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Silva’s title reign started at UFC 64 on October 14, 2006

Silva’s title reign started at UFC 64 on October 14, 2006

October 15, 2011

Yesterday marked the five year anniversary ofAnderson Silva annihilating Rich Franklin to claim the UFC middleweight title.

It was his second consecutive victory in the UFC, a dominant performance that began what has become the most impressive championship reign in UFC history.

To be perfectly honest though, I don’t think Silva gets the credit he deserves.

That might sound crazy to a lot of people since the 36-year-old is considered the top pound-for-pound fighter in the sport today, and is on a very short list of contenders for the title of greatest of all-time.

Regardless of those two truths, I still think people forget how epic his reign really is.

We’ve become so accustomed to seeing incredible things out of Silva and having him as the middleweight champion and pound-for-pound king that the complete scope of what he’s accomplished doesn’t get the attention it deserves.

First and foremost, let’s just eliminate the “he fights in the weakest division in the sport” angle right here, right now.

That may very well be the case, but it still doesn’t change the fact that for the last five years, Anderson Silva hasn’t lost a fight. Pretty much everyone else competing at the highest levels has incurred a loss during that time; everyone except Silva.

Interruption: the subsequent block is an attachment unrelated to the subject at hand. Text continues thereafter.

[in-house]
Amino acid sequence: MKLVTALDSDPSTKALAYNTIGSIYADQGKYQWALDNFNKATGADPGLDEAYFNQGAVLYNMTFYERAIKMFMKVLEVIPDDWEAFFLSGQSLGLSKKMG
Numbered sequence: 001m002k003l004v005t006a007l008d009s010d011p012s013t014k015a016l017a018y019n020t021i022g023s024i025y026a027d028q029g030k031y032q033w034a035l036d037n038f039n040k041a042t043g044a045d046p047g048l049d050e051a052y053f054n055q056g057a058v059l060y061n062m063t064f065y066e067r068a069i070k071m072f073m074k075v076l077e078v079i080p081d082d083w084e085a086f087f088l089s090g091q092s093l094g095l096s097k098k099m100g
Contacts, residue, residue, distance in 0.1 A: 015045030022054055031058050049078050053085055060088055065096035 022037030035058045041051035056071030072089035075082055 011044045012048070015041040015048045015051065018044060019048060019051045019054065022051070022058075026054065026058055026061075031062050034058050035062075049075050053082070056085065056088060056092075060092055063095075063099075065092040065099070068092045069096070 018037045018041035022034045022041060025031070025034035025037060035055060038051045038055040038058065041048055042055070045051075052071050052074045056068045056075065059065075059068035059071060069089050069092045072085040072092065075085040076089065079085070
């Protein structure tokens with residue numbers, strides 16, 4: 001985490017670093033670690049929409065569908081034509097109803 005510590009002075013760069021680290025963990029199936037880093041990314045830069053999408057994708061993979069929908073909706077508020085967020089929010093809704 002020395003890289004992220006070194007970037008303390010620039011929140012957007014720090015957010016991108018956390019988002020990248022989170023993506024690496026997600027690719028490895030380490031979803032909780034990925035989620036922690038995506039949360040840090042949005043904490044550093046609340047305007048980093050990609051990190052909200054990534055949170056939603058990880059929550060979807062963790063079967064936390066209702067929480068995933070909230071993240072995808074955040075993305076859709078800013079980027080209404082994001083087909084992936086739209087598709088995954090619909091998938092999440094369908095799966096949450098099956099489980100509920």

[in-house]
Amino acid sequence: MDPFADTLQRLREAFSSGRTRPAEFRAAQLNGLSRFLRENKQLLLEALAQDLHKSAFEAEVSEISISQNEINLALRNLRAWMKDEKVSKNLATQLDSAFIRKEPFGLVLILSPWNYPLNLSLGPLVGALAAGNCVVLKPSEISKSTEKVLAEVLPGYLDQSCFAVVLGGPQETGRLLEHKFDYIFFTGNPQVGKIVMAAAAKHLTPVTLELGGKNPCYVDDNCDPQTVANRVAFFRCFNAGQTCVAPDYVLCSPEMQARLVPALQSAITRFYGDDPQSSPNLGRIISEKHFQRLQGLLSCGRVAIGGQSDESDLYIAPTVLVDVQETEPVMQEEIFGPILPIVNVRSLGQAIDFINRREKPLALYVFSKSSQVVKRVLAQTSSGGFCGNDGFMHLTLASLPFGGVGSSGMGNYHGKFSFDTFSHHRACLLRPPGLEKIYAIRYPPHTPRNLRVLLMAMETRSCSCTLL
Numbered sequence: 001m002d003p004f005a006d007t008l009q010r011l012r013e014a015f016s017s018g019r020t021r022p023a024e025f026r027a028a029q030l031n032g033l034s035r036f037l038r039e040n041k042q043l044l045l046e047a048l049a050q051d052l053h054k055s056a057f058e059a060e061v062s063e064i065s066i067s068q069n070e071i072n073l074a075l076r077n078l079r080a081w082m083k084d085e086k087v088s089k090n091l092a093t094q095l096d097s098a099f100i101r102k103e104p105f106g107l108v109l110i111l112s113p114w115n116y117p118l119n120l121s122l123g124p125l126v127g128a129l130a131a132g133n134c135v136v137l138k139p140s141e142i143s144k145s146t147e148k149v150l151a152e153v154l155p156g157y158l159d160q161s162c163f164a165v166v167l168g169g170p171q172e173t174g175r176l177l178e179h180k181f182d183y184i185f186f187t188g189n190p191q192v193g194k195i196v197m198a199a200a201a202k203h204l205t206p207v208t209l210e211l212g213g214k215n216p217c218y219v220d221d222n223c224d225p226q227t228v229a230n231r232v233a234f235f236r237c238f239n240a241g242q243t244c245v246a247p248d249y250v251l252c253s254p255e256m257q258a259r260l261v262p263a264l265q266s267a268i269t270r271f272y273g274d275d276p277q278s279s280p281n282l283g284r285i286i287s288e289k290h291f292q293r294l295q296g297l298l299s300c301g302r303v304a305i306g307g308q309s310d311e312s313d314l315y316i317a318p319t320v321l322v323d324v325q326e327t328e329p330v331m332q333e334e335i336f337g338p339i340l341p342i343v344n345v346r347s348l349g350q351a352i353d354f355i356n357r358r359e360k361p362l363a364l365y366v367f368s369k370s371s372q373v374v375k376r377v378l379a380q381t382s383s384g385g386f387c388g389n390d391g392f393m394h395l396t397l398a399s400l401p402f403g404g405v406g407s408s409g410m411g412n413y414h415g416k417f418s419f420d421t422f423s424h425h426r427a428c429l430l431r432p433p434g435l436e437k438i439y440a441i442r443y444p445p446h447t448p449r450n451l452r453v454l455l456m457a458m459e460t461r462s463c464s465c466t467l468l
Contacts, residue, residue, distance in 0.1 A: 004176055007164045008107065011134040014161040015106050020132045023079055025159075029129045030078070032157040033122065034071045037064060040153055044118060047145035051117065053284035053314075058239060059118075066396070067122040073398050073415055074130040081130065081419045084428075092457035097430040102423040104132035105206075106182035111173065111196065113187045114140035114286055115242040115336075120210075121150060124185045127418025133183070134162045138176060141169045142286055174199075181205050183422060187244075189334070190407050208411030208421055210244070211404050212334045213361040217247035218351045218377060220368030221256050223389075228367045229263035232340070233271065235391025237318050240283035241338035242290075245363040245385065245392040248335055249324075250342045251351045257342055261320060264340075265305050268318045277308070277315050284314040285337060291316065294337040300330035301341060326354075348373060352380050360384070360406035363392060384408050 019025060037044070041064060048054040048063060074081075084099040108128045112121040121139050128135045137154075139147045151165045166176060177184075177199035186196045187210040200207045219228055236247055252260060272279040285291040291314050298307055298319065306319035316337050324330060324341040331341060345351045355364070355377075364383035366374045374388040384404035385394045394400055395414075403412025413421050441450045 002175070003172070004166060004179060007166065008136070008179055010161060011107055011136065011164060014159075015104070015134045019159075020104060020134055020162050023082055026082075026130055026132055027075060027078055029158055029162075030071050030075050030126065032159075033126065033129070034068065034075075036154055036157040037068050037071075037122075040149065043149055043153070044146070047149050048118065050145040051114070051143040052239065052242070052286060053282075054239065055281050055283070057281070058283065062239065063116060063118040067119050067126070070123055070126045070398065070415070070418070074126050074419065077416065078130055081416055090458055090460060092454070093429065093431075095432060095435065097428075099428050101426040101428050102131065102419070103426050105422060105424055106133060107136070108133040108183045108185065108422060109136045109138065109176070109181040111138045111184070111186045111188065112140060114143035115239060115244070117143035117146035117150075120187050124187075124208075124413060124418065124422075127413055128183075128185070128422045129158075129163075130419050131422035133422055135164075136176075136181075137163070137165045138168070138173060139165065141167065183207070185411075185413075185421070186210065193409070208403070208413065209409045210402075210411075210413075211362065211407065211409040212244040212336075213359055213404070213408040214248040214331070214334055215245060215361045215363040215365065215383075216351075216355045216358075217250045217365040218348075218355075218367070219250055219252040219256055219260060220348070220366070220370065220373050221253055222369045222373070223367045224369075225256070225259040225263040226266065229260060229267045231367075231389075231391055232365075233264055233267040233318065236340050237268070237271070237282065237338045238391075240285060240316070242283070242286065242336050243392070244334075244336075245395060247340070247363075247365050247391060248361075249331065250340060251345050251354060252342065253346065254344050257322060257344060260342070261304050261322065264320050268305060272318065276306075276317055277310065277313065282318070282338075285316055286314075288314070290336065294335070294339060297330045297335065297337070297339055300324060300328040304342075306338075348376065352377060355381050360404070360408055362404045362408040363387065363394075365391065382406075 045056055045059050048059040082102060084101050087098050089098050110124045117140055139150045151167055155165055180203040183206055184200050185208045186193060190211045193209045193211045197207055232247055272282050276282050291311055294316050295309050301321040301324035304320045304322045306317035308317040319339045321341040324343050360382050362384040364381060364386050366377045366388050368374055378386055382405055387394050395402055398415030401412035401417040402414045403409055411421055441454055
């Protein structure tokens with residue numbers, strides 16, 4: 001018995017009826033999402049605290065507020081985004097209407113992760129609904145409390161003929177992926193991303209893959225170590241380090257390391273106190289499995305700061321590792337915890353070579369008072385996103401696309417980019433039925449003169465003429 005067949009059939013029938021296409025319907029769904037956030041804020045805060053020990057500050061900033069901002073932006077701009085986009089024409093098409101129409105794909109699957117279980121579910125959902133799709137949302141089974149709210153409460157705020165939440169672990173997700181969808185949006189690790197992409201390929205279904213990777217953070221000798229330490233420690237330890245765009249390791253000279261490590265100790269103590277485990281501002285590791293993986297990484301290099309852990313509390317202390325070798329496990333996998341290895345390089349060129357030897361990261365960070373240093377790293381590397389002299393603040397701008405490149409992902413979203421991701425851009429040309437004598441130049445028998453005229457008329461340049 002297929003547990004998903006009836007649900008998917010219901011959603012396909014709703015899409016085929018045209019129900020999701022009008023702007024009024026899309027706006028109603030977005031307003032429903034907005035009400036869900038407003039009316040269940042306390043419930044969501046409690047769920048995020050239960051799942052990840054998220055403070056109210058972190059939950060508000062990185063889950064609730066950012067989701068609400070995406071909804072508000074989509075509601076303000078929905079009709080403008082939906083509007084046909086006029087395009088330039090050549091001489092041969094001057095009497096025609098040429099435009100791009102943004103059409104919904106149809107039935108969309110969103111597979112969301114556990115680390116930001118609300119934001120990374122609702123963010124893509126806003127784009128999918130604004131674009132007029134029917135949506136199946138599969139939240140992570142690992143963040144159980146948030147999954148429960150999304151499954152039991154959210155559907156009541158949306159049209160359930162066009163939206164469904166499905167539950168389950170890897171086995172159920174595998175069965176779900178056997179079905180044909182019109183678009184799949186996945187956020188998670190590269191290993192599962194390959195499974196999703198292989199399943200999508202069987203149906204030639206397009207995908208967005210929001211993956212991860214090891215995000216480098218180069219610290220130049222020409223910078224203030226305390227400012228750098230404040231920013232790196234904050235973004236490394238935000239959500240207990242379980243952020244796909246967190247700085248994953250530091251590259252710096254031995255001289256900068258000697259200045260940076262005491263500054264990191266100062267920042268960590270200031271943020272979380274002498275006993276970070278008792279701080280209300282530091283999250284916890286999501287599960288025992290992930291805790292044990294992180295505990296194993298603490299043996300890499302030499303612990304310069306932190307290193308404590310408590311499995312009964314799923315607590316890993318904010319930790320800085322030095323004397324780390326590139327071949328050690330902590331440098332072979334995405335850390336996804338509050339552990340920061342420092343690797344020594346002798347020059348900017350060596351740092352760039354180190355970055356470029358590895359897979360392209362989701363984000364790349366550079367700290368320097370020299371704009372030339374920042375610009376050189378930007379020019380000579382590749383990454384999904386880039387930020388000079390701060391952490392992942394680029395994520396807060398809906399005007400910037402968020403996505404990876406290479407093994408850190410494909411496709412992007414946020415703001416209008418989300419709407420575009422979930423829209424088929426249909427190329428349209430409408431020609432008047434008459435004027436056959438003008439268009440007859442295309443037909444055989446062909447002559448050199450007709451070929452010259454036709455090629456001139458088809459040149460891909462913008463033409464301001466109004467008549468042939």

In a sport where no one is unbeatable, Silva has been.

Where his accomplishments really get staggering is when you hold up his five-year title reign next to the list of champions in the other divisions.

Seven different fighters have worn the light heavyweight title during Silva’s time on the middleweight throne. Four more have been crowned heavyweight champ, not including the interim title reigns ofAntonio Rodrigo NogueiraFrank Mir, and Shane Carwin.

From the four other divisions that were a part of the UFC when Silva ascended to the top of the 185 pound ranks, 18 different fighters have been world champions. That number would probably be higher had the lightweight belt not lay dormant for 16 numbered events between Sean Sherk being stripped of the title and BJ Penn claiming it at UFC 80.

If you factor in the two newest divisional additions to the organization — featherweight and bantamweight — the number of fighters wearing championship gold during Silva’s time at the top climbs to 26, and it’s not like we’re talking about a collection of mediocre champions either.

Silva’s reign atop the middleweight ranks is longer than Matt Hughes‘ time as welterweight champion combined, and a 553 days more than George St-Pierre’s current run in the 170 pound ranks, the second-longest such reign in history.

Think about that for a second: if Silva walked away today, St-Pierre would need to remain champion for the next year-and-a-half just to equal Silva’s mark. I can’t be the only one who finds that incredible.

We’ve seen the man deemed the greatest lightweight in the history of the sport (BJ Penn) win and loss the lightweight title, his time at the top coming more than 1,000 days shy of Silva’s tenure in the 185 pound division.

Randy Couture came out of retirement, won the heavyweight title, and retired again, this time for good, all while Silva dominated at middleweight.

Jon Jones was still 18 months away from beginning his MMA career when Silva first beat Franklin, and Cain Velasquez had made his professional debut just a week earlier.

Saying he doesn’t get enough credit for his incredible title reign doesn’t sound so audacious now, does it?

Anderson Silva has been re-writing the history books right before our eyes for the last five years; sometimes we’ve just been too busy looking at other things to truly appreciate it.

Happy Anniversary Champ.

Source: Heavy